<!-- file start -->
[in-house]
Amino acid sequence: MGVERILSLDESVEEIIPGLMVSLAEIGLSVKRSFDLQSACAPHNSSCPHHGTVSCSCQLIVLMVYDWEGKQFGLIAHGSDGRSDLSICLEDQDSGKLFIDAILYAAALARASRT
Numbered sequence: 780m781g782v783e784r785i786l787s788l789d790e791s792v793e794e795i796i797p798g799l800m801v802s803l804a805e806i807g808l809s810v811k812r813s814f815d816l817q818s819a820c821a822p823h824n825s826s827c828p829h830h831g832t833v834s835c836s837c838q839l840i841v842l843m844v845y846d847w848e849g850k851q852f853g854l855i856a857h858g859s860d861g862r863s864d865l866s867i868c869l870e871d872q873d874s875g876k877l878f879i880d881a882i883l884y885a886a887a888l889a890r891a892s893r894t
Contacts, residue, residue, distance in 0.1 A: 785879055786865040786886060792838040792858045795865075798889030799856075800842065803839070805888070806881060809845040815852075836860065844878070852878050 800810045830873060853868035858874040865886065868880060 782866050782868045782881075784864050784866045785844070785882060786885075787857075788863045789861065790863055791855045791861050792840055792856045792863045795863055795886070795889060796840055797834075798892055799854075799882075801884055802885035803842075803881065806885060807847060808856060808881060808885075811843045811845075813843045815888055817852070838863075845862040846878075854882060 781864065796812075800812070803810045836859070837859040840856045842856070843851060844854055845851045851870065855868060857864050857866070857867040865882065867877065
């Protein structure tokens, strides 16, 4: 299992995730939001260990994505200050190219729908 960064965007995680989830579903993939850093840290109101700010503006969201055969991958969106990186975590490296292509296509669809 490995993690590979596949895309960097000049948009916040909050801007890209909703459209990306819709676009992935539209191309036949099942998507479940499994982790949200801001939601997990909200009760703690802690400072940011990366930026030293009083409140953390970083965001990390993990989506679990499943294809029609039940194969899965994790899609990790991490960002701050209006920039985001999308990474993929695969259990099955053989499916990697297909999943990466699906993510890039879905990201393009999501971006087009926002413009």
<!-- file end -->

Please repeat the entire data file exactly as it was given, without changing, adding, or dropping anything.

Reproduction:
[in-house]
Amino acid sequence: MGVERILSLDESVEEIIPGLMVSLAEIGLSVKRSFDLQSACAPHNSSCPHHGTVSCSCQLIVLMVYDWEGKQFGLIAHGSDGRSDLSICLEDQDSGKLFIDAILYAAALARASRT
Numbered sequence: 780m781g782v783e784r785i786l787s788l789d790e791s792v793e794e795i796i797p798g799l800m801v802s803l804a805e806i807g808l809s810v811k812r813s814f815d816l817q818s819a820c821a822p823h824n825s826s827c828p829h830h831g832t833v834s835c836s837c838q839l840i841v842l843m844v845y846d847w848e849g850k851q852f853g854l855i856a857h858g859s860d861g862r863s864d865l866s867i868c869l870e871d872q873d874s875g876k877l878f879i880d881a882i883l884y885a886a887a888l889a890r891a892s893r894t
Contacts, residue, residue, distance in 0.1 A: 785879055786865040786886060792838040792858045795865075798889030799856075800842065803839070805888070806881060809845040815852075836860065844878070852878050 800810045830873060853868035858874040865886065868880060 782866050782868045782881075784864050784866045785844070785882060786885075787857075788863045789861065790863055791855045791861050792840055792856045792863045795863055795886070795889060796840055797834075798892055799854075799882075801884055802885035803842075803881065806885060807847060808856060808881060808885075811843045811845075813843045815888055817852070838863075845862040846878075854882060 781864065796812075800812070803810045836859070837859040840856045842856070843851060844854055845851045851870065855868060857864050857866070857867040865882065867877065
């Protein structure tokens, strides 16, 4: 299992995730939001260990994505200050190219729908 960064965007995680989830579903993939850093840290109101700010503006969201055969991958969106990186975590490296292509296509669809 490995993690590979596949895309960097000049948009916040909050801007890209909703459209990306819709676009992935539209191309036949099942998507479940499994982790949200801001939601997990909200009760703690802690400072940011990366930026030293009083409140953390970083965001990390993990989506679990499943294809029609039940194969899965994790899609990790991490960002701050209006920039985001999308990474993929695969259990099955053989499916990697297909999943990466699906993510890039879905990201393009999501971006087009926002413009």